Celluloid spotlight on 1984 anti-Sikh riots

Celluloid spotlight on 1984 anti-Sikh riots

l Upcoming film

Arrey yahan koi Sardar hai?” asks a voice from outside the door accompanied by loud thumping. The repeated knocking sends a chill down Tajinder Kaur (Soha Ali Khan) and Devender Singh’s (Vir Das) spine, who are huddled together with their son inside.

Oblivious to what lies beyond the closed door, their eyes reflect hope and fear in equal measures. This scene from writer-producer Harry Sachdeva’s upcoming film 31st October is enough to induce goosebumps and evoke disturbing memories of the anti-Sikh riots which followed then Prime Minister Indira Gandhi’s assassination in 1984 – on which it is based.

A Sikh himself, Sachdeva grew up listening to the stories of the aftermath of the incident from his parents and relatives. Inquisitive, he always wanted to know more and probed his elders to tell him as much as they could. “I have grown up hearing that there was a time when an entire colony used to be one’s home. All good times were celebrated together, and all sorrows were faced together,” he says.

These stories never left him, and Sachdeva, a self-confessed movie buff, says he was very clear that if he ever got a chance to make a film, it would be on this subject. “And here I am with my film 31st October,” he says.

“It is a film for families, youth, and cinema lovers. It is, in fact, a film for a global audience. The film centres around a family and its journey on that dreadful day. It attempts to answer why thousands of families left their country and migrated to a foreign land; it will showcase how friendships passed the test of tough times, and most significantly it will portray courage and unity,” he adds.

Scheduled to release on October 7, the film has been directed by National Award-winning filmmaker, Shivaji Lotan Patil, and co-produced by Anand Prakash. It is based on a true story of a Sikh family and depicts the travails of the community in the aftermath of the assassination.

“The agenda of making this film was to bring this subject on the big screen, and also to pay tribute to those who lost their lives in 1984, and salute many others who came out to rescue Sikhs. The film shows all the sides of 1984 anti-Sikh riots,” he tells Metrolife.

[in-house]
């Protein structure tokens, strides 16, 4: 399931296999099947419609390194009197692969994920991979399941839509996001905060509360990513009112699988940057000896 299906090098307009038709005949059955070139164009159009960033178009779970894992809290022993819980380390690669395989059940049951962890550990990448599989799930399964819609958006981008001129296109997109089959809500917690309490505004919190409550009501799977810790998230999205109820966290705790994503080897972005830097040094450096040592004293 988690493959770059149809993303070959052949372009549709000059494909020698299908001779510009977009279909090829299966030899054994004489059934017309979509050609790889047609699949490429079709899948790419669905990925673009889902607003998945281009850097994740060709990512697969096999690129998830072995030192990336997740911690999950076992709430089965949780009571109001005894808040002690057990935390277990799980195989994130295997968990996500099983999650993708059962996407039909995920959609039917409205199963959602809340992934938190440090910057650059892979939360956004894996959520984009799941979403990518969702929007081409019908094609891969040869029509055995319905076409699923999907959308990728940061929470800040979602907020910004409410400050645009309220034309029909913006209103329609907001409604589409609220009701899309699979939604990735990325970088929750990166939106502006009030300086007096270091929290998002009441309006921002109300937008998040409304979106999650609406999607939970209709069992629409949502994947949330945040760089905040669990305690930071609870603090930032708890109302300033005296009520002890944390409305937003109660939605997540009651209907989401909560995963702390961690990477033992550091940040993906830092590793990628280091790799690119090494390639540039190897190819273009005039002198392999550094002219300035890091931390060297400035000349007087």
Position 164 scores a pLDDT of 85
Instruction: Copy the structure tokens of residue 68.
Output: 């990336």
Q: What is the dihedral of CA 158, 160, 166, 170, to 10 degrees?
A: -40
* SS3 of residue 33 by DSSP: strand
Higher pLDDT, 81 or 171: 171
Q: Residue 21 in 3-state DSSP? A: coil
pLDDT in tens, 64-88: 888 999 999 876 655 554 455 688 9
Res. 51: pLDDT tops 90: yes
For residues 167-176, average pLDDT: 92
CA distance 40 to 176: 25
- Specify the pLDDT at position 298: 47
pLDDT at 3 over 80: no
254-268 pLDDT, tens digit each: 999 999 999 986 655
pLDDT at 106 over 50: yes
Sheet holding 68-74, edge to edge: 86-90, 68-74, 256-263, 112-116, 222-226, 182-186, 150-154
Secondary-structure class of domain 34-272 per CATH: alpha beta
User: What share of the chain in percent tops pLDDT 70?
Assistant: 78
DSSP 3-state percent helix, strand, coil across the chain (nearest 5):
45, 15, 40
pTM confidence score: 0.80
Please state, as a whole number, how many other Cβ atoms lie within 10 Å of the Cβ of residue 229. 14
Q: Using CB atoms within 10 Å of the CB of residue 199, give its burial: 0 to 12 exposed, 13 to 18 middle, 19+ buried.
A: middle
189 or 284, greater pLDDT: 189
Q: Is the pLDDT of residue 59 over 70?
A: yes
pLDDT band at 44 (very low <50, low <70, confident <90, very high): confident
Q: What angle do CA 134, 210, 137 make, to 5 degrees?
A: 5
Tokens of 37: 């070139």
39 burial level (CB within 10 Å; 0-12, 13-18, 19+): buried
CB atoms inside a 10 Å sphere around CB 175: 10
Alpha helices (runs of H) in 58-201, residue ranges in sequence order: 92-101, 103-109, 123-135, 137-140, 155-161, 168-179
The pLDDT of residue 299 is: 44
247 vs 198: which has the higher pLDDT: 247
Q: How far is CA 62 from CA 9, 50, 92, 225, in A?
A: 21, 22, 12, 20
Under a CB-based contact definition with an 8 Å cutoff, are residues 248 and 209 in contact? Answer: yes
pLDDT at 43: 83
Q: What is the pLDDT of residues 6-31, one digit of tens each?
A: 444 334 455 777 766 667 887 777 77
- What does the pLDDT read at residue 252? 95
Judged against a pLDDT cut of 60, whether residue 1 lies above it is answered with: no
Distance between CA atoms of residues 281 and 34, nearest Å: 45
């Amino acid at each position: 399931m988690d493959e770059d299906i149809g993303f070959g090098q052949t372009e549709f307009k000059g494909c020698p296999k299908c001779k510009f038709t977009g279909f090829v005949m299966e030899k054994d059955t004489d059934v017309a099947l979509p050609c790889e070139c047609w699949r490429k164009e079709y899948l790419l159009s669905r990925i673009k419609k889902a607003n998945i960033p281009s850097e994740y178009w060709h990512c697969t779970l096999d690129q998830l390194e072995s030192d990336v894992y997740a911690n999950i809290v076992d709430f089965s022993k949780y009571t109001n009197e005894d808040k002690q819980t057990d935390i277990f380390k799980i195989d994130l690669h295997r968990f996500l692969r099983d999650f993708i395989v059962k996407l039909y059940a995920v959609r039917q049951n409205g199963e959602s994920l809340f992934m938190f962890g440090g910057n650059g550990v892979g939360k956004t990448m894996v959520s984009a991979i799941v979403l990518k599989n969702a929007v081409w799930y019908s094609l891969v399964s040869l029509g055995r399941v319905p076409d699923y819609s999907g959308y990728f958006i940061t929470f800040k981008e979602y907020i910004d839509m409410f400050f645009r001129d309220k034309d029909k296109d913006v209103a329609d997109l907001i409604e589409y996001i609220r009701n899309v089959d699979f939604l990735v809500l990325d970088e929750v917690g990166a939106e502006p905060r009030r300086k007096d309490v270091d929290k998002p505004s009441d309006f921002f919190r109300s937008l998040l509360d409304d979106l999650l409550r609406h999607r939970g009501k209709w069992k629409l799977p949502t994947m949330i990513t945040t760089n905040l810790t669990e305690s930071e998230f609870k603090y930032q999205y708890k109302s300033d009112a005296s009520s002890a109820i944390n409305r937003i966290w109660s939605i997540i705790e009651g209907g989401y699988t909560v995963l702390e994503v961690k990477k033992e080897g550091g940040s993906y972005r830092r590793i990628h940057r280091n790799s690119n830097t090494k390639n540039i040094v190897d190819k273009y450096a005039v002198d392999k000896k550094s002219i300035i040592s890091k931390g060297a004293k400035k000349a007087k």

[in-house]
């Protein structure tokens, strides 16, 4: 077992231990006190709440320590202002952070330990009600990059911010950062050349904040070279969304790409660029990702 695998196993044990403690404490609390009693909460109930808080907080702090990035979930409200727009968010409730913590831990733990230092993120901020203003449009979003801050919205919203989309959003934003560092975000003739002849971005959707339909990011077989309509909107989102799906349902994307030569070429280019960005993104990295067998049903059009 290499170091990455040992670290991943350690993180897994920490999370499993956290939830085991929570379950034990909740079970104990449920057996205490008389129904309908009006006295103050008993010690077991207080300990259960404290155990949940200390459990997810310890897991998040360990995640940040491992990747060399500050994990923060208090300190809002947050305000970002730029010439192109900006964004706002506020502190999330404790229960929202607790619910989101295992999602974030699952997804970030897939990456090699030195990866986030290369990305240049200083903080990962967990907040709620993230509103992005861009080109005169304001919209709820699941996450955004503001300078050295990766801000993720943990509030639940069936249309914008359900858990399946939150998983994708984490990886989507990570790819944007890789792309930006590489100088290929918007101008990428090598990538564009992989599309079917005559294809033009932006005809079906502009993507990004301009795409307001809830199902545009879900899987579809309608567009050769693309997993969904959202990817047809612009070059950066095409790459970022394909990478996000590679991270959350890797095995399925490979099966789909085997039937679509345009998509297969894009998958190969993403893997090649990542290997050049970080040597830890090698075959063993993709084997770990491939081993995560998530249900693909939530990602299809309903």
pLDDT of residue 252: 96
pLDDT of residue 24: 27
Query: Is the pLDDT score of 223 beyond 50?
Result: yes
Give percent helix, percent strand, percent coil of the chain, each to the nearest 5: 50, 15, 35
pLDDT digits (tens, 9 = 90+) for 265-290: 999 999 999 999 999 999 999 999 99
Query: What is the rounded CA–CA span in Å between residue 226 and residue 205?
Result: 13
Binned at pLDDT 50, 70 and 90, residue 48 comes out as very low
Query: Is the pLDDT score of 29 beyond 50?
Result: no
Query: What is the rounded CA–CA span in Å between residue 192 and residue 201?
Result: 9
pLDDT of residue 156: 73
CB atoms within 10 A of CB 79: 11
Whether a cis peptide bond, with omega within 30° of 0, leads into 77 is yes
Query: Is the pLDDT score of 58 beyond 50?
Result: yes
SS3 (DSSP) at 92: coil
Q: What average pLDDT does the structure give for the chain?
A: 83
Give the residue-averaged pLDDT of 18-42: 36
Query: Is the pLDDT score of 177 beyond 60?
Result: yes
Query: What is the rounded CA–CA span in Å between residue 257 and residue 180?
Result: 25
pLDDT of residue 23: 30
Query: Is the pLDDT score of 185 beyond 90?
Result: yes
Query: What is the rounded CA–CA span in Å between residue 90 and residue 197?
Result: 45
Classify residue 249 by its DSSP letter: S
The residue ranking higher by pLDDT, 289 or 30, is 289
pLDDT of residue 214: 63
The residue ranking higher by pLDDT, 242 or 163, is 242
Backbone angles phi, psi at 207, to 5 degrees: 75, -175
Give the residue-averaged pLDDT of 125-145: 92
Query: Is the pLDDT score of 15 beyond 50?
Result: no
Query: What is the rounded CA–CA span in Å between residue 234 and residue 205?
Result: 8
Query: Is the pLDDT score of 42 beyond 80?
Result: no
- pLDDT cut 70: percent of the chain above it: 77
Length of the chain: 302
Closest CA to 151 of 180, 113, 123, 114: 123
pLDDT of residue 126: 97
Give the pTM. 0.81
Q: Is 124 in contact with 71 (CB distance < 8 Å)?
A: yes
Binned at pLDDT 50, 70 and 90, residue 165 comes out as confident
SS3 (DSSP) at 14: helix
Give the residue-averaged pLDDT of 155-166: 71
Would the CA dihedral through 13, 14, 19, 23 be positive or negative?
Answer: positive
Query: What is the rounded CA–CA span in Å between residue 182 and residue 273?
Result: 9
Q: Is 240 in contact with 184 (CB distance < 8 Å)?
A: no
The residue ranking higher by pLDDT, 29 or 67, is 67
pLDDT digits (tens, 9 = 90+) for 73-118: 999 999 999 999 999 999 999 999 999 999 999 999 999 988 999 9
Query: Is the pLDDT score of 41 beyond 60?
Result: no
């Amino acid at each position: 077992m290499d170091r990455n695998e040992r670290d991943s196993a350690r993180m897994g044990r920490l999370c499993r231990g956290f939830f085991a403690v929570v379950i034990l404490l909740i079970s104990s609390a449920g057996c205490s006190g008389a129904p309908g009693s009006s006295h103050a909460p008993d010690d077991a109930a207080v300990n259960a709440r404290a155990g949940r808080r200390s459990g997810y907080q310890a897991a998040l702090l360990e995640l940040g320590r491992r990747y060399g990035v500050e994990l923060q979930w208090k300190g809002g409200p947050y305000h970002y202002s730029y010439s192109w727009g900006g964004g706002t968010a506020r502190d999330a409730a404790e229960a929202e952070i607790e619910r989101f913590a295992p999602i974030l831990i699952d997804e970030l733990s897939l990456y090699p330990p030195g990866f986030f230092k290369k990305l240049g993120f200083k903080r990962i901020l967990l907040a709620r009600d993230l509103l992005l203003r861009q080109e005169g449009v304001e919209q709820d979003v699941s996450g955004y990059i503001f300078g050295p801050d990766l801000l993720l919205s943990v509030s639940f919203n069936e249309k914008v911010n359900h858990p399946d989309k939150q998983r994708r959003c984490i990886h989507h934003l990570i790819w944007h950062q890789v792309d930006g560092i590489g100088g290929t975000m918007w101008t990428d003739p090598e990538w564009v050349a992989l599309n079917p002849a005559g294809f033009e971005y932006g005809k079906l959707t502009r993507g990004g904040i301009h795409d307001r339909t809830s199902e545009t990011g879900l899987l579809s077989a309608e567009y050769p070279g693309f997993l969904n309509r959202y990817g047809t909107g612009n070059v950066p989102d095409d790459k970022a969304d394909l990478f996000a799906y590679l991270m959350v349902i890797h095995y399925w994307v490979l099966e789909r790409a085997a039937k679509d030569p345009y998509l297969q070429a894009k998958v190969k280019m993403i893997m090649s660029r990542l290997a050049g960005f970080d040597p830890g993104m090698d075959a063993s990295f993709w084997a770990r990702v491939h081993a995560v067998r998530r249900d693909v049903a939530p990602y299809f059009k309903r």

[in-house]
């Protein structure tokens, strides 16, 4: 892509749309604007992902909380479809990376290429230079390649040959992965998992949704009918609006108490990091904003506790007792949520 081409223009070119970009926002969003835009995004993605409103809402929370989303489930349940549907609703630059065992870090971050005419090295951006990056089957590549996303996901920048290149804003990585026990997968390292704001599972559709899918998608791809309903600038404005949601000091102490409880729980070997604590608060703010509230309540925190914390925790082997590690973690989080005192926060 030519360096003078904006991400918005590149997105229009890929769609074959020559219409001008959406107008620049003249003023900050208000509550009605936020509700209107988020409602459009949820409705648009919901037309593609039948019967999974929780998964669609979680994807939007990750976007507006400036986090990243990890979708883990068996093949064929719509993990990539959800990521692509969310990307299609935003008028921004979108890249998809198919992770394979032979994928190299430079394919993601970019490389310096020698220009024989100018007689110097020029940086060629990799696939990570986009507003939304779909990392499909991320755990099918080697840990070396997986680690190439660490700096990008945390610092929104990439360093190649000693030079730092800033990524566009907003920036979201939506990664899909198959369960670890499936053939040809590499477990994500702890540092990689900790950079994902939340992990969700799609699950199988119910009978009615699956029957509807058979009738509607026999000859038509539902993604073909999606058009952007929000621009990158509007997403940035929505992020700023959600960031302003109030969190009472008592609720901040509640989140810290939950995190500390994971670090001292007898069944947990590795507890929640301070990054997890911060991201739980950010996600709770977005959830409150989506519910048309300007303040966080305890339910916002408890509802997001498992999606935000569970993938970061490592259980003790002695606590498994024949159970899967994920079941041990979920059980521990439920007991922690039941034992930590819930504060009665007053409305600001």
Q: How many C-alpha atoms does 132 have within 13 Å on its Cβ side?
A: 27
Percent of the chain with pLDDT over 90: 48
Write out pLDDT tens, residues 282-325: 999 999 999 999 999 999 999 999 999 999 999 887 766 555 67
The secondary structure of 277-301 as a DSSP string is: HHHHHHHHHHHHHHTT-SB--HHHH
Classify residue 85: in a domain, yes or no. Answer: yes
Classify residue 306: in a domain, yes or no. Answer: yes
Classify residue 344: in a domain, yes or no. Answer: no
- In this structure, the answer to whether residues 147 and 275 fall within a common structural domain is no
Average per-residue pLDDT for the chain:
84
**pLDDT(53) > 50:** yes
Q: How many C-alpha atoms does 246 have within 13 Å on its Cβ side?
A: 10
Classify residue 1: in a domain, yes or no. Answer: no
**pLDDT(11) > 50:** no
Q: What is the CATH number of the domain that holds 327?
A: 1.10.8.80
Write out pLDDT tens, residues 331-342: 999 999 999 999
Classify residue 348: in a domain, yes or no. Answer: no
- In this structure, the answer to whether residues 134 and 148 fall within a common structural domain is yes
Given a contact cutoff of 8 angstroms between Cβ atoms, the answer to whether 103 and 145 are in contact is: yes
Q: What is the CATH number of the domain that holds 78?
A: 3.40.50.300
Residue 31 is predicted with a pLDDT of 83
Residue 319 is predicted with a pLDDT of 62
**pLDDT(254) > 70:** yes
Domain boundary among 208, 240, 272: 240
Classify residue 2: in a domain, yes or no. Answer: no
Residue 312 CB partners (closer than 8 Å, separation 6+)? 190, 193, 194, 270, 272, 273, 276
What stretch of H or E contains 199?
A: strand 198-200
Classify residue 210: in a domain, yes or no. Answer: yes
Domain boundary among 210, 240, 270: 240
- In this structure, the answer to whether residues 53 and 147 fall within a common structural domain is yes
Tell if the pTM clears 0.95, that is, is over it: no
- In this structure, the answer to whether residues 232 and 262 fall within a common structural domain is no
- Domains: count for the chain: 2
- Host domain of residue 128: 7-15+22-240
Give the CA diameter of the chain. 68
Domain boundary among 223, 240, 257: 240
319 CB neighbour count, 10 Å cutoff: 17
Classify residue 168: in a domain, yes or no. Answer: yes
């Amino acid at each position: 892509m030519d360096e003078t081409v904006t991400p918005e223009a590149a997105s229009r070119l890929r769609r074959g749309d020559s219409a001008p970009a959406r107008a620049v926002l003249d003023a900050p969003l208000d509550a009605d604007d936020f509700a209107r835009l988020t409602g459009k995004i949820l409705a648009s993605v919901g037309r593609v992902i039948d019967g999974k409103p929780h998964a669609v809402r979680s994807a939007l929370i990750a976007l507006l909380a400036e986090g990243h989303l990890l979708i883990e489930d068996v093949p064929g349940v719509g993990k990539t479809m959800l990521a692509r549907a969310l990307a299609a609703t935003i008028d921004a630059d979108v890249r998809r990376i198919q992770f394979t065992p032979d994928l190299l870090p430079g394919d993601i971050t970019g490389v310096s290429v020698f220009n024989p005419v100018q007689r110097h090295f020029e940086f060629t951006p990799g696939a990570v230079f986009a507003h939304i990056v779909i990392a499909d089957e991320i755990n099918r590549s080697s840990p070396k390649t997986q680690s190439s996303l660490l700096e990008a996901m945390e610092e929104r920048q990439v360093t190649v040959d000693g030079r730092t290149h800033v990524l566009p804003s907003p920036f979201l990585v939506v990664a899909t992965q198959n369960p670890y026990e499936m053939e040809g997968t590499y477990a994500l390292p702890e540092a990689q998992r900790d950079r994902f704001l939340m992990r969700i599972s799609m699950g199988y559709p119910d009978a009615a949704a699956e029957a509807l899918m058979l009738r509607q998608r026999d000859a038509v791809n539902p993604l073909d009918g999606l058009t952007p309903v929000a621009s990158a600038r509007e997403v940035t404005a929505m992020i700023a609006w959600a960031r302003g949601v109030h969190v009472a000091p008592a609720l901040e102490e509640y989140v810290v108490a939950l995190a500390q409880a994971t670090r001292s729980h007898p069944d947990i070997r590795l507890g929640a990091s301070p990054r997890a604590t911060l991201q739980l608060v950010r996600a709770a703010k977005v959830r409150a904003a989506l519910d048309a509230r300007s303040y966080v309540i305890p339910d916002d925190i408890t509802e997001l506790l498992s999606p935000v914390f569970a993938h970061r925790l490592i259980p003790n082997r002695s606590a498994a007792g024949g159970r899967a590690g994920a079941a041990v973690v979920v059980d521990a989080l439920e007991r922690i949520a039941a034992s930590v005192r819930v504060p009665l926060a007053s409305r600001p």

The film has been majorly shot in Punjab — where the team recreated a set resembling the look of the year 1984 in a village near Ludhiana, along with some parts in Delhi and Mumbai.

Sachdeva says it took him around two years of rigorous research and writing before the script took final shape. During this period, he met various journalists who had covered the riots, lawyers, aggrieved Sikh families, and even widows, apart from some prominent people and those who risked their lives to save Sikhs during that time. He even travelled to Canada where many families migrated to after the riots.

“There is a colony in Delhi where the widows of 1984 anti-Sikh riots live. So many families were wrecked back then and it led to the formation of the widow colony, which is known as Vidhwa Colony. When I started researching for my film, I read many news articles, saw videos and met several families who had experienced the ruthlessness of the insurgence,” says Sachdeva.

He says that the family, whose story he narrates in the film had written the account of that night in an old diary, which he got to read. “And while reading, each line used to give me frights, as I used to imagine what they must have gone through. I collected more information and finally you would see their story on the big screen,” he says.

While Sachdeva is ecstatic that the fruits of his labour have finally reaped, his journey was not without its share of challenges. The movie raked up controversy for being “anti-Congress” and was embroiled in a long deadlock with the censor board, which finally passed it with nine cuts. But the writer says that the film has “nothing to do with any political party”.

“As the subject is quite sensitive, I was somewhere anticipating some eyebrow-raising. While I was shooting in Punjab, my set was once broken down — something I was not prepared for. The entire team was left shocked, but somehow we managed to recover the damage. However, the biggest setback was when we faced the censor. As a filmmaker I strongly feel that cinema is a big platform, and what I have shown in my film is a subject that is debated every year on a global level from past 32 years,” he says.

“Such brutalities on the name of religion and caste should not take place in any part of the world,” he adds.

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